True Allegiance

I have blogged at great length about the Canadian citizenship oath, which requires naturalized Canadians to swear “true allegiance to Her Majesty Queen Elizabeth the Second, Queen of Canada, [and] Her Heirs and Successors”. So I’m happy to report that all this blogging has led me to produce a (hopefully) scholarly paper, which I will be presenting at a conference on Emerging Issues in Canadian Public Law at the University of Ottawa exactly two weeks from today. I have posted the draft paper on SSRN, and would welcome any feedback. Here is the abstract:

Would-be Canadian citizens are required to swear an oath, which includes a promise of “true allegiance” to the Queen. For some, swearing allegiance to a what they regard as a person embodying inequality, colonialism, and oppression goes against their deeply-held republican or egalitarian values. However, Canadian courts have so far rejected Charter challenges to the citizenship oath.

This article argues that the oath is, nevertheless, unconstitutional, albeit on a basis different from that mostly canvassed by the courts which have considered it. Rather than an infringement of freedom of expression, the citizenship oath should be analyzed as a violation of the freedom of conscience of those required to take it. Like most oaths, it is an attempt not only to impress the importance of the obligation it imposes on those who take it, but also to enlist their sense of right and wrong ― that is to say, their conscience ― in the service of the state’s objectives.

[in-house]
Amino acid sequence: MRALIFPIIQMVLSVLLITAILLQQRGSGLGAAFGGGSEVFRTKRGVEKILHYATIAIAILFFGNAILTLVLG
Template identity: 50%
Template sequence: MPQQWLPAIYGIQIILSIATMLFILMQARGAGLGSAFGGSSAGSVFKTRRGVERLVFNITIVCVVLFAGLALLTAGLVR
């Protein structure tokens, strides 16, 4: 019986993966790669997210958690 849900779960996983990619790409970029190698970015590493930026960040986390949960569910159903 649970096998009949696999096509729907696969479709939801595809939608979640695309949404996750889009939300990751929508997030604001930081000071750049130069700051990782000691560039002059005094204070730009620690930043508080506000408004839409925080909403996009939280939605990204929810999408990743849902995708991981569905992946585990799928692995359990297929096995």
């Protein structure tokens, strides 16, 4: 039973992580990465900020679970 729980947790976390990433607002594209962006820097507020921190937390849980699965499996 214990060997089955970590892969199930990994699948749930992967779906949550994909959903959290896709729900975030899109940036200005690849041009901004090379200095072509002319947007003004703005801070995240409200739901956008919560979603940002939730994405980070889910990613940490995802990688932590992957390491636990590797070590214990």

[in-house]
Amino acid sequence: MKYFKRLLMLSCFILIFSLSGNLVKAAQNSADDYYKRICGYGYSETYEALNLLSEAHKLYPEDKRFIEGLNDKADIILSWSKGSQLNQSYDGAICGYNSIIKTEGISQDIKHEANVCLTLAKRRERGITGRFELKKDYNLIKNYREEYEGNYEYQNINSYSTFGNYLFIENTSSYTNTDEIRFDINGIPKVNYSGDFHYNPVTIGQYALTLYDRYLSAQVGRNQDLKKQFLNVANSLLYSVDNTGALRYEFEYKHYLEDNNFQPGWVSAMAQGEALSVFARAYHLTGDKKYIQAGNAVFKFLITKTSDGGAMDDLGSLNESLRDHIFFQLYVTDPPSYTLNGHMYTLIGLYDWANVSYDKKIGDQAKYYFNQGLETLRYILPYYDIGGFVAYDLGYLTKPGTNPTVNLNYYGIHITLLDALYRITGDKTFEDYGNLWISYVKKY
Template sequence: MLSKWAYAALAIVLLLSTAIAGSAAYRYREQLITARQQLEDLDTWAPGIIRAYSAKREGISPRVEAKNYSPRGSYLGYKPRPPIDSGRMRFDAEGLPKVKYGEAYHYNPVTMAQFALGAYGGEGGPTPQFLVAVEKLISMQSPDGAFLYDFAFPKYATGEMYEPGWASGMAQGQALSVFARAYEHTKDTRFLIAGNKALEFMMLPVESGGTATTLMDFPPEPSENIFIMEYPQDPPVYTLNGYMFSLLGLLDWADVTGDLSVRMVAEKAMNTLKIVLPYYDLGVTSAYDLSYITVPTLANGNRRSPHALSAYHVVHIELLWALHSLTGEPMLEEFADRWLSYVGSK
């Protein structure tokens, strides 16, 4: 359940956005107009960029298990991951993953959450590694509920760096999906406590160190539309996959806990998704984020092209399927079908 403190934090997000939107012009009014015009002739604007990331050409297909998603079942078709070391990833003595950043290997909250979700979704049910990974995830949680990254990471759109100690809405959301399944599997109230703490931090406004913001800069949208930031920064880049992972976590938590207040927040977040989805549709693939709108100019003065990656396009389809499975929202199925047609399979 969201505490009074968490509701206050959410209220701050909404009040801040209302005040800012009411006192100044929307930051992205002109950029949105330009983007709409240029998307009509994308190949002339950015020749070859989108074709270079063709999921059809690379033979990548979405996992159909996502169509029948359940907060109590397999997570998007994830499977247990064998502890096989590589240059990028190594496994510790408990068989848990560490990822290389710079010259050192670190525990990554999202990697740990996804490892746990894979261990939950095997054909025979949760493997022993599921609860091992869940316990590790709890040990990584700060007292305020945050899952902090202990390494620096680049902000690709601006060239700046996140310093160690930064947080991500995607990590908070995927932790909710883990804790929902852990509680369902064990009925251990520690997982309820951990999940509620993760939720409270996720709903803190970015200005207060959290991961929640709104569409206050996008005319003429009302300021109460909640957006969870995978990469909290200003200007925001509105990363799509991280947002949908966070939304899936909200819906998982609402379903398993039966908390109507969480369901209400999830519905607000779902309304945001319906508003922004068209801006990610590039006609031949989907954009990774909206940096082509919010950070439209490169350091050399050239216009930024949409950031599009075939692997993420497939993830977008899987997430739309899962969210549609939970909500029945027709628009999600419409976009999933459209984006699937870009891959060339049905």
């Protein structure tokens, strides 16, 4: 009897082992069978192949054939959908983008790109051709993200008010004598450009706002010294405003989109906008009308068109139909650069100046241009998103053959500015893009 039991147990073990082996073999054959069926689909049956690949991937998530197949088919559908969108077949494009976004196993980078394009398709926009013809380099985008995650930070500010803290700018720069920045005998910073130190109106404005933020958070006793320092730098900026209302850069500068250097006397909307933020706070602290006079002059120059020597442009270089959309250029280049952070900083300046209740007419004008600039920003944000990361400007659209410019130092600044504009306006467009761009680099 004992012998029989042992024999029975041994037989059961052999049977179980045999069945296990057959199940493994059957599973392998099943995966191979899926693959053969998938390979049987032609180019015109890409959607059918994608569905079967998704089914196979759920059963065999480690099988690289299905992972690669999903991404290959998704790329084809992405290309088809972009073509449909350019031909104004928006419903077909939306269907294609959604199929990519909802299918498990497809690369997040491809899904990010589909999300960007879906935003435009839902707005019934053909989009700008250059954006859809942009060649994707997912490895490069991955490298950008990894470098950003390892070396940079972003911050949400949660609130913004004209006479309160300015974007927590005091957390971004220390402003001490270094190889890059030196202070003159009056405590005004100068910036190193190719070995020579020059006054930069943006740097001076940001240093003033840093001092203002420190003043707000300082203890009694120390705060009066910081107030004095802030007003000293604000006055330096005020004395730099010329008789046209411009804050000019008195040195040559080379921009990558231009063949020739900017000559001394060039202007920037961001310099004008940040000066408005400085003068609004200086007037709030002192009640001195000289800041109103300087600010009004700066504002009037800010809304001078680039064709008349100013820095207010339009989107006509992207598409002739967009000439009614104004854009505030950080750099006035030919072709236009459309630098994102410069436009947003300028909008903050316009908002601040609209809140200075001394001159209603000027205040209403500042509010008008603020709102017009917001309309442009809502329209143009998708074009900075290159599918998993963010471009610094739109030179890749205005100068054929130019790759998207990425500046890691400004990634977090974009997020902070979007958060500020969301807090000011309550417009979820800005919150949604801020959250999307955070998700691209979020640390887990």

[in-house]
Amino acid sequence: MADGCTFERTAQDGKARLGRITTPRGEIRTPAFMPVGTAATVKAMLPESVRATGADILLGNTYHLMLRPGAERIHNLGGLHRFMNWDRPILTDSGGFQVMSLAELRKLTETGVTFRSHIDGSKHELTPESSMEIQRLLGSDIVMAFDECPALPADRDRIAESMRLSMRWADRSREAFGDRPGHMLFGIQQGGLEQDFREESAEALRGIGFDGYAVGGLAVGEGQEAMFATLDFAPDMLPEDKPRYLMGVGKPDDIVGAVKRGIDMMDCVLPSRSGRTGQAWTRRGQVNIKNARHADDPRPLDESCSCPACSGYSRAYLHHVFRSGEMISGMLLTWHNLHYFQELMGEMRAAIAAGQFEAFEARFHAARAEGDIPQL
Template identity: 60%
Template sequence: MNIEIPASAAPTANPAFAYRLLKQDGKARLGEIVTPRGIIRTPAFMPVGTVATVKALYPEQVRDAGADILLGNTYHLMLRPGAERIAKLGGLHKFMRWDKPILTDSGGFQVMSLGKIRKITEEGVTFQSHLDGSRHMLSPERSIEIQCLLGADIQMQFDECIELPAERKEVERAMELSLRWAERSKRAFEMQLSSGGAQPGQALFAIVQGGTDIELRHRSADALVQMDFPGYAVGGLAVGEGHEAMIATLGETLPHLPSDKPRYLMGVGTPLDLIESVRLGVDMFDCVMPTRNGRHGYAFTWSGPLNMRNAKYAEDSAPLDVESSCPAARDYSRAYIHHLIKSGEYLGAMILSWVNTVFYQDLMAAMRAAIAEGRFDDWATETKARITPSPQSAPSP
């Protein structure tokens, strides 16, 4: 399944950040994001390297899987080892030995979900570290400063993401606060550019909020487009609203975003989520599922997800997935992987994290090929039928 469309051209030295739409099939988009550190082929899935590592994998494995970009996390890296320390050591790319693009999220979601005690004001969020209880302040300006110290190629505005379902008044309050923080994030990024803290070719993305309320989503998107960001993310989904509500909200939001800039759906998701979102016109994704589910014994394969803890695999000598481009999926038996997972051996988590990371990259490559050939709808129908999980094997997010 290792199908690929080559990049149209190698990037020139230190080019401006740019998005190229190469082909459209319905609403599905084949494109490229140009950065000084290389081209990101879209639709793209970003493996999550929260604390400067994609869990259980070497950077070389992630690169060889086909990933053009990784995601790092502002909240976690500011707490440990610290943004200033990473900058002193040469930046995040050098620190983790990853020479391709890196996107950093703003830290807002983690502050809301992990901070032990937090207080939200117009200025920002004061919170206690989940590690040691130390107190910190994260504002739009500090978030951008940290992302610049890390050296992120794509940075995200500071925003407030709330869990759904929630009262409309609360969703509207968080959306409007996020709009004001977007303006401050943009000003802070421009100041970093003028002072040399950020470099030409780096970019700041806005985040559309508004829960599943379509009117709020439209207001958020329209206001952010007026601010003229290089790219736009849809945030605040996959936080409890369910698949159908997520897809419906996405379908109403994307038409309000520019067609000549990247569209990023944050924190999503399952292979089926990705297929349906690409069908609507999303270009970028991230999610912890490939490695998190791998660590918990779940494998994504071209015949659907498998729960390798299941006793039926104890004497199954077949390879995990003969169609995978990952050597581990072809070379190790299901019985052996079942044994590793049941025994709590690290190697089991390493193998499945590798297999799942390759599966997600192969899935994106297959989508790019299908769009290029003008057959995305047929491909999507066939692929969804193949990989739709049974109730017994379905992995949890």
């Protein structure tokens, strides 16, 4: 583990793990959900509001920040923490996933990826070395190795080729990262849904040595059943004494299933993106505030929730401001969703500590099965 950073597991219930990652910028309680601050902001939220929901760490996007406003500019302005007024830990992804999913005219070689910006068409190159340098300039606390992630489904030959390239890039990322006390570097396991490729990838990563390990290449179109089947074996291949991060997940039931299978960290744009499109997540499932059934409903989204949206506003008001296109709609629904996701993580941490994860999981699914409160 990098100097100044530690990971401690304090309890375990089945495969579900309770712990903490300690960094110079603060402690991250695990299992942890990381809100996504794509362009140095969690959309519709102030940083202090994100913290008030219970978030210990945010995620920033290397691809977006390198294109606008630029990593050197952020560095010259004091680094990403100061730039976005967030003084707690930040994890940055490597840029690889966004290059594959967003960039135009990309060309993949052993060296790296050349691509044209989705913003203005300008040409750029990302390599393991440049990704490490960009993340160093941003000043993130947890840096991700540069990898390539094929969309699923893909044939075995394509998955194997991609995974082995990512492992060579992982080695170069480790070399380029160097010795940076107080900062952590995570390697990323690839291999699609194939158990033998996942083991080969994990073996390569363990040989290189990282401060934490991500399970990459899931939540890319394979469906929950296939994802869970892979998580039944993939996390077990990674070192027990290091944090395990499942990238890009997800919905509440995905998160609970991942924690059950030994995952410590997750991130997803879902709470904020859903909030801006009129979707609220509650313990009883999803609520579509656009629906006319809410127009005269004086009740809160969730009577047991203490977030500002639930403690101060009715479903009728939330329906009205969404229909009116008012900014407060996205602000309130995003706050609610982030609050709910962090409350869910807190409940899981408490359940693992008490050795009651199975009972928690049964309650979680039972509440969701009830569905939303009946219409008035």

Because the citizenship oath is a violation of freedom of conscience, it is irrelevant that those who object to it may be misunderstanding its true significance, or the real nature of “the Queen” in Canadian law. As in freedom of religion cases, courts must recognize their subjective conception of their conscientious obligations, and the extent to which taking the oath conflicts with them. With this in mind, it becomes apparent that the reasons advanced to justify the oath under s. 1 of the Charter cannot do so.

You can download the full paper here.

One of the excuses I give myself for spending so much time on this blog is that it will, one day, help my scholarship. Well, here’s the first evidence that this is not entirely wishful thinking. However, as I have now found out, there is quite a way to go between even a series of posts and an academic paper. It is certainly not a matter of stitching the posts together and sprinkling them with scholarly-looking footnotes. My thinking has changed somewhat in the process of writing, and there is, hopefully, more depth to the paper than to the blog posts that preceded it. (This is a lesson, also, for those who might be tempted to appraise blog posts as if they were mini-papers, and to criticize them for not living up to that standard. It is not a standard that blog posts, even relatively long and researched ones, such as many of mine, are meant to attain. The two media are really quite different.) Still, I know that I would never had written this paper if I hadn’t done the preliminary reading and thinking as part of my blogging, and the posts really were helpful in developing my ideas. On the whole, then, a positive experience.

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